Neil’s personal decades: 21 – Christisons — 1905

Here is shapeshifting John H Christison in South Africa in 1900.

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I borrow the term “shapeshifter” from my cousin Ray Christison’s book on our great-grandfather. See also his ABC Open item Private Christison’s bandolier.  I have told the story of J H Christison’s transformation into soldier at the age of 42 before – see below. Here are a couple of news items from 1900.

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See also my 2011 posts South African War and my family… and John Hampton Christison in South Africa.

In 1905 J H Christison’s father, and thus my great-great-grandfather, David died in Mittagong NSW.

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See also my post from 2011 Scans worth preserving–5: Christisons 1–my mother’s family.

See also: Scans worth preserving–2: re Sophia Jane Christison 1858-1952; Being Australian 16: inclusive multiculturalism Aussie style 9 – my tribes; Family matters.

In that last post I reviewed “Leonie Knapman’s Joadja Creek, which I [had] just borrowed from Wollongong Library, [including] some excellent pics of my great-great-grandfather and great-grandfather.”

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David and Catherine Christison – my great-great-grandparents.

Back in Sydney in 1899 my grandfather Roy Christison had the accident that caused one of his distinguishing features: in my childhood an eye patch.

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As I remember him!

Then in 1908:

More at Mainly family. Roy took his new bride to the tiny Hawkesbury River settlement of Spencer, NSW, where he had started his fully fledged teaching career in 1906. In my mother’s words:

Dad [Roy Christison Snr] completed his training at the age of 20 and his first school was then a very small place called Spencer on the Hawkesbury River. It was eleven miles down or up river from Brooklyn Railway Station. In those days it was only accessible by water so Dad was met at the station and rowed by the mother of a fisherman to his place of work.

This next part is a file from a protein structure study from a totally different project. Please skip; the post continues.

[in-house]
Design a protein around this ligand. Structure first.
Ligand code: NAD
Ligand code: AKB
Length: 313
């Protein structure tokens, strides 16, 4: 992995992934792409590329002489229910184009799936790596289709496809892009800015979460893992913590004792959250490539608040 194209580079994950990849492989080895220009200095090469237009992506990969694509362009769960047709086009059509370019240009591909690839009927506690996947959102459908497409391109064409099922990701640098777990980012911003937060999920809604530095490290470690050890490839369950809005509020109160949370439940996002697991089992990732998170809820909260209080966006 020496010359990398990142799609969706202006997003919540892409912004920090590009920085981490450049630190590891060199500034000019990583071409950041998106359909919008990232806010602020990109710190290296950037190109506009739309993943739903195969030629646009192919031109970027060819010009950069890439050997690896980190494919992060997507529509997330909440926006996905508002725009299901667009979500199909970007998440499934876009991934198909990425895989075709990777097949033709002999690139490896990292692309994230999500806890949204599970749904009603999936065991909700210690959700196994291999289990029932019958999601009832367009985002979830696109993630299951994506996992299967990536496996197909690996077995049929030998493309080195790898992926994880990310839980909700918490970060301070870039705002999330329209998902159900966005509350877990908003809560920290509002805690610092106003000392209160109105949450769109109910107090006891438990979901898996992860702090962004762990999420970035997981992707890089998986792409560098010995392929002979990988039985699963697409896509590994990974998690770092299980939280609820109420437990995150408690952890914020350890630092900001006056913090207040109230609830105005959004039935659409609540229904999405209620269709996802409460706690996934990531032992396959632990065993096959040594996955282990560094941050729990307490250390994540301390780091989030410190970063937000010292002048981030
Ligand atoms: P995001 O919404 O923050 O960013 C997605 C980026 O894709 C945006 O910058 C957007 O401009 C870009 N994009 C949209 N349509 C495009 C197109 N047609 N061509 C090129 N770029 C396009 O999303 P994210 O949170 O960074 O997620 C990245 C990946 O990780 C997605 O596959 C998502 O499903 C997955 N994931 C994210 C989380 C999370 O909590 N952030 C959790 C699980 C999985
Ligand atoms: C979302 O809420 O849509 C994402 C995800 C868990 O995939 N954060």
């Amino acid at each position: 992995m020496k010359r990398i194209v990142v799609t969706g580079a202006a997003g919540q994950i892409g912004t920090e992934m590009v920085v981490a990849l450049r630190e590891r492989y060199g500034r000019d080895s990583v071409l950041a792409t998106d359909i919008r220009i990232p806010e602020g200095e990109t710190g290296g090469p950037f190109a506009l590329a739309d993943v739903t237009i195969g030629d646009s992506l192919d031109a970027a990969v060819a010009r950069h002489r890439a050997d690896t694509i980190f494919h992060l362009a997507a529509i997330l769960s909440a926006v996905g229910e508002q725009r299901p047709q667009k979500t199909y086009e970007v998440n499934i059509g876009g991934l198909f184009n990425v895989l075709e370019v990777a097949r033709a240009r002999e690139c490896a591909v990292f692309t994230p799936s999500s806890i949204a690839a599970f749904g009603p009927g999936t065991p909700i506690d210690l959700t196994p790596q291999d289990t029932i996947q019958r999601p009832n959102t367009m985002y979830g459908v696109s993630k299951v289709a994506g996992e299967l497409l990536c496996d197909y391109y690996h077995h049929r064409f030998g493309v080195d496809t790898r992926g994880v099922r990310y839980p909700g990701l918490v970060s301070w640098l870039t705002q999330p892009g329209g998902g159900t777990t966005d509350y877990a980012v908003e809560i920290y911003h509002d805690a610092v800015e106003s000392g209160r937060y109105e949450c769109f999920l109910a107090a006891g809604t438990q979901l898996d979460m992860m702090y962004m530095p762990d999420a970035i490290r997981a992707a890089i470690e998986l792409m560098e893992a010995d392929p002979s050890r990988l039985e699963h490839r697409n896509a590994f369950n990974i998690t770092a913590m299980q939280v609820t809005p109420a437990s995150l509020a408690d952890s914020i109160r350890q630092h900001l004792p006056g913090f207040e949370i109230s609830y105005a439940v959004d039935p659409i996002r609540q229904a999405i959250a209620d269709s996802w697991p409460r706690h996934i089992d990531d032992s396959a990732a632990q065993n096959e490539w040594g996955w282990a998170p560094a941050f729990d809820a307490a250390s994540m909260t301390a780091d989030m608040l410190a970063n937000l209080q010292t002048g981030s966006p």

sjlHe was perhaps one of the luckier ones because he had his mother (right) who at a very young age had been left to shoulder the responsibility of bringing up her family alone. To do this she took in boarders and she herself, a very refined lady, went out to work starting at 3 am to scrub and clean office buildings in the city. With two of her children married and the youngest daughter able to stay with her married sister, Gran was left free to go with Dad to become his Housekeeper. He felt he owed her his help and care now he was in a position to give it to her. I think his wage was about nine pounds a month.

He was able to rent a sort of cottage — slab built — which had belonged to a fisherman or an orange orchardist who had found life just too hard. In front of the house was a bush track which led to the school building — also slab built; and here a very dedicated and ambitious young man started his career as a teacher….

My mother was born there in 1911.

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